It’s budget day and people across the UK are bracing themselves for what’s to come. Tory council leaders across England and Wales recently joined Labour and Lib Dem run local authorities in saying that another round of funding cuts would be devastating. Will there be a showdown between central and local government? Or is it just hot air?
Illustration: Tom Deason
Bristol, like most UK cities, is an island of Labour control in a sea of blue. Three out of four of Bristol’s MPs are Labour, with Conservative Charlotte Leslie holding Bristol North West. Research by the Cable found just 18.5% of the Bristol electorate voted Conservative. Bristol City Council is also markedly centre-left by parliamentary standards, with a strong Labour, Lib-dem and Green presence.
Local authorities in England lost 27% of their spending power between 2010/11 and 2015/16 in real terms, and there are more cuts in the pipeline. Bristol City Council, having already made £90 million worth of ‘savings’ since 2013 is going to be flogging off much more than just the family silver in the coming years. Will elected officials in Bristol Council squabble over the particulars of which services should be cut, or are they willing to challenge the logic of the cuts and those behind them?
“Bristol City Council, having already made £90 million worth of ‘savings’ since 2013 is going to be flogging off much more than just the family silver in the coming years.”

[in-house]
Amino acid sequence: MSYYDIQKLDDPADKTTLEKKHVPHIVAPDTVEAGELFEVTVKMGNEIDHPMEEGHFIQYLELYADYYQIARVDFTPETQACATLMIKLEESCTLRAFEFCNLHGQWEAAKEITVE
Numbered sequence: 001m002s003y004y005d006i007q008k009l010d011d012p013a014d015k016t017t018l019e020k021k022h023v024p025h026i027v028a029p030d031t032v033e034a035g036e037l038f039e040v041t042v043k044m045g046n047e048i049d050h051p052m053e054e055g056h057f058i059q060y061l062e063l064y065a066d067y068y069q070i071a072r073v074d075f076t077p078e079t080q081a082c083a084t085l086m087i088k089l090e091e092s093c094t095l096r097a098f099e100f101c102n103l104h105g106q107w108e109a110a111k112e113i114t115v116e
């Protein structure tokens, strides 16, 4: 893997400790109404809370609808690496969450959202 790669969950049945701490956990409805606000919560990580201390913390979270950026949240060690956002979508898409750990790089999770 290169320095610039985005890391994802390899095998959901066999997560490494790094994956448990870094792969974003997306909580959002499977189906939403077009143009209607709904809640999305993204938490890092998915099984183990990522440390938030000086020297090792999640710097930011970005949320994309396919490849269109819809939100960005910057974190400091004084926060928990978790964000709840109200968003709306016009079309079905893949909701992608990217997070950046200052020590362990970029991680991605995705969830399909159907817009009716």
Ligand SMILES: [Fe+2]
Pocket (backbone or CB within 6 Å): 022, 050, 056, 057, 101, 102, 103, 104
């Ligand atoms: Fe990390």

There is a historical precedent for councils resisting cuts. This year marks the 30th anniversary of the ‘rate-capping rebellion’. In 1985, 15 English councils campaigned to force Thatcher’s government to withdraw powers to restrict central government spending for local councils. The campaign’s tactic was that councils whose budgets were restricted should refuse to set any budget at all for the financial year 1985–86, requiring the government to either intervene directly in conducting council business or concede.
From London to Liverpool, left-wing Labour councils waged a daring campaign in an attempt to curb the restrictions on local councils’ public spending abilities. Labour premier, Neil Kinnock, told his party members at the time “not to scorn legality” and condemned the dissenting councils and their members, who included the likes of Ken Livingstone, John McDonnell, and David Blunkett. They responded by arguing that further cuts would lead to councils breaking their statutory obligations of delivering vital services – a crime in itself.